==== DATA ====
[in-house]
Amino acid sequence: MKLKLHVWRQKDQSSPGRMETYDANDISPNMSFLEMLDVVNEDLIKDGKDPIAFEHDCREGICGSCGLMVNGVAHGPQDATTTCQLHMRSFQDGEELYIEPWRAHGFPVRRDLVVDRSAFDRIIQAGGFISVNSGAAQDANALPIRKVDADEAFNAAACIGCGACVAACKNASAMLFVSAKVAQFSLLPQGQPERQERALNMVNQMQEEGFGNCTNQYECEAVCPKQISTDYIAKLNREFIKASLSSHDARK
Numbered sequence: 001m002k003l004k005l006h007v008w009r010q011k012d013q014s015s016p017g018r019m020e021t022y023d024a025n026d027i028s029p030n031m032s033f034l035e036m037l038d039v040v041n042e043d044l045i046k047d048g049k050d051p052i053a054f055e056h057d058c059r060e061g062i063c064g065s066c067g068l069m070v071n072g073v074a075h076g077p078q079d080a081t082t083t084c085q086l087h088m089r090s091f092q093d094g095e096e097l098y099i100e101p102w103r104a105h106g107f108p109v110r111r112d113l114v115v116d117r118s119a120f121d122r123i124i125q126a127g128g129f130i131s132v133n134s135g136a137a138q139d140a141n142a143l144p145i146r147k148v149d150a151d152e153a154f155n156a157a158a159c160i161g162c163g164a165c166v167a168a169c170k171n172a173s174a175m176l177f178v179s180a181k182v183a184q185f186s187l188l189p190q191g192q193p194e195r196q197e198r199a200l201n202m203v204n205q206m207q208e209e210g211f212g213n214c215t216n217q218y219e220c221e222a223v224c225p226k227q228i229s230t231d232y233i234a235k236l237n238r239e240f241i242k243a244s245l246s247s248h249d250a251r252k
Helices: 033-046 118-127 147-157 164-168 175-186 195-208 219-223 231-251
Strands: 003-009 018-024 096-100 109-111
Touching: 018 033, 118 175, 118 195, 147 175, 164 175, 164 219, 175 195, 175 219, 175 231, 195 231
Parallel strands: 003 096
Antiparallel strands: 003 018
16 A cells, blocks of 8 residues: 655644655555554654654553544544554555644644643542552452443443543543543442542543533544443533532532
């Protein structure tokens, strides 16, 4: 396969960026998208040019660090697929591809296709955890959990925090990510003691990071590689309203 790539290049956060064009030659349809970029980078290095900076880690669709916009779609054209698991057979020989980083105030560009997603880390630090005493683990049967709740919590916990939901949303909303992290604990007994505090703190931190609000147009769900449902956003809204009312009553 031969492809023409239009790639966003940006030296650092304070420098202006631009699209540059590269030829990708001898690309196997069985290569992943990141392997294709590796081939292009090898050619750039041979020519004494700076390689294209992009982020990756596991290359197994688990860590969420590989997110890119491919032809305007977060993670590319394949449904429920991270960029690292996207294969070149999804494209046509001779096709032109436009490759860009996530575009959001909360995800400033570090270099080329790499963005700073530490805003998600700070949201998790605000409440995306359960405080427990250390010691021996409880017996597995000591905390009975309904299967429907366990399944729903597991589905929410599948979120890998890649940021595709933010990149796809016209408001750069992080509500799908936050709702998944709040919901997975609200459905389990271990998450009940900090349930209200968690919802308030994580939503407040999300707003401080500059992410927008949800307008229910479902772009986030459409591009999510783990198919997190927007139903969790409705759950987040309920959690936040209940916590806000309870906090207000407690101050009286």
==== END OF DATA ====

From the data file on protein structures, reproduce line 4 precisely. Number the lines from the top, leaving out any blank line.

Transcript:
Helices: 033-046 118-127 147-157 164-168 175-186 195-208 219-223 231-251